Angus’ Prime Cuts 08-09 – Part 1 of 5

Jeff Angus




I thoroughly enjoyed putting together the 2007-2008 Prime Cuts squad. To make the team, a player must show something beyond the stat sheet. Similar to TSN broadcaster Pierre McGuire's annual “Monsters Team,” the Prime Cuts squad is chalk-full of intangibles such as heart, determination, hockey IQ, two-way play, grit, and clutch scoring ability. Most of the players on this squad are also under appreciated (in both fantasy and real hockey circles). There are obviously some big stars on this team – the usual suspects – but there are also some under-the-radar players who you may not have noticed this season for whatever reason. (How's that for a rhyme?) Starting today, a section of the team will be released to DobberHockey every few days until the regular season wraps up, when the full roster will be completed.



In 2007-2008 I started the Prime Cuts with a bang, as my first installment contained the top forward line, the top defensive pairing, and the starting goalie. This year, I am going start from the bottom and work my way up. This first piece will contain the backup goaltender,  the third defensive pairing, and the fourth forward unit. I was debating whether or not to pick a coach, but I figured that if I did that I may have to alter my selection criteria a bit (however just for the record, Nashville's Barry Trotz would have been my choice).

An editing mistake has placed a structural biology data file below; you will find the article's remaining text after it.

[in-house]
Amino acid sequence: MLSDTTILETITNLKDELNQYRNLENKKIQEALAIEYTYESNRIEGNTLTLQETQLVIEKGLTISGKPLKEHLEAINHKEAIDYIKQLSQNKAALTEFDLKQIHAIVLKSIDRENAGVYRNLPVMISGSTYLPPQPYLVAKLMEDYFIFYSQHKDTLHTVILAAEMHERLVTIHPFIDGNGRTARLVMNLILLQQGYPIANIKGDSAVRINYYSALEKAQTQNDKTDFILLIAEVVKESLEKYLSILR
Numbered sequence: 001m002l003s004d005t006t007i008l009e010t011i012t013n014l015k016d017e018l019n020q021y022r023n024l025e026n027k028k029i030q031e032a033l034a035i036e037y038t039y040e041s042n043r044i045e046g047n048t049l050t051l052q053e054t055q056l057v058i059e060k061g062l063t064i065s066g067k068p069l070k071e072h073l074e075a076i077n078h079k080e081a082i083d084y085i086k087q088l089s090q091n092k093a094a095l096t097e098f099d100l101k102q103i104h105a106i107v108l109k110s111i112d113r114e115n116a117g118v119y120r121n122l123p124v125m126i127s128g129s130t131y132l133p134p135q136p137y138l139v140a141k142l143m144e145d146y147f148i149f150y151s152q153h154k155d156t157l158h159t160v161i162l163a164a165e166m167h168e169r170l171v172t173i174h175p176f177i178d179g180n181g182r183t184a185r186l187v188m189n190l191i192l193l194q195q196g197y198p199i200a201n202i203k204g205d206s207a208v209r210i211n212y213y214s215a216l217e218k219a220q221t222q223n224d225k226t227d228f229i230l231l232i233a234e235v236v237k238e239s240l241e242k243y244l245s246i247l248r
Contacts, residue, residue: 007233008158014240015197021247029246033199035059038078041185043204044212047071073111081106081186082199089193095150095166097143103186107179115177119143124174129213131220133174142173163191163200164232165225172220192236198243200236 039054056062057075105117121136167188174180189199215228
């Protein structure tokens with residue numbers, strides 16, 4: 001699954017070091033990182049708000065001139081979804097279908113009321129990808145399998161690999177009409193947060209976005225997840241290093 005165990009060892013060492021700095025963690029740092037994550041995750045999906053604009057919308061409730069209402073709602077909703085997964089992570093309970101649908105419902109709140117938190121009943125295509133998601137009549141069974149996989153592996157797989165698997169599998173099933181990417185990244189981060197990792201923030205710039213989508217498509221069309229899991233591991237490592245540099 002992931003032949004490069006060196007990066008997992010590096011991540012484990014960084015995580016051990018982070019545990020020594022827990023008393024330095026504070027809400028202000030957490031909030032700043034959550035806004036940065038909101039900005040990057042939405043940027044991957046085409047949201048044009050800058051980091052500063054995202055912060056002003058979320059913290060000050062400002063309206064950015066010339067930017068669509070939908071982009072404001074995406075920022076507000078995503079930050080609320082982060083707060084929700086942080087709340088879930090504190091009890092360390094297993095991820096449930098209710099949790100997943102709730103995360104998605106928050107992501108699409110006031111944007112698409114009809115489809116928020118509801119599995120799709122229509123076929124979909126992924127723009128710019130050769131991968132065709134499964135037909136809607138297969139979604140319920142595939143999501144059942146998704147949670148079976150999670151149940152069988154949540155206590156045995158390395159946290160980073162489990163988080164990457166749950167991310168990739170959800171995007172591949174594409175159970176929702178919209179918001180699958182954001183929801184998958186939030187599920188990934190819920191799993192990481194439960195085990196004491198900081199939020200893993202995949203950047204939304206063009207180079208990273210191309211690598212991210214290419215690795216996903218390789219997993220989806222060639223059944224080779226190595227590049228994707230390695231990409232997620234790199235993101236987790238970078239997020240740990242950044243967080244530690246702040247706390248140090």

The Backup: Scott Clemmensen

The backup goalie in the NHL is a position that requires one to possess a combination of door-opening and gum-chewing abilities. It also requires a very unique mental makeup, as backups must sit and watch, but always be mentally and physically ready to step in to any situation (like when a star goalie suffers a serious tendon tear). Is that a strong enough clue?


Scott Clemmensen is my choice to fill the role of backup, for several reasons. Despite a brief one year stint in Toronto , Clemmensen has been within the Devils for over a decade. He has earned his stripes in the AHL, and was handed a huge opportunity earlier this season when Marty Brodeur suffered a torn biceps tendon. However, Clemmensen still had to beat out Kevin Weekes, and deal with the numerous trade rumors that had the Devils receiving a replacement goaltender. Clemmensen stepped in and the Devils didn't skip a beat. He posted an impressive 25 wins in only 40 starts, as well as a sparkling .917 save percentage and a 2.39 goals-against average. When Brod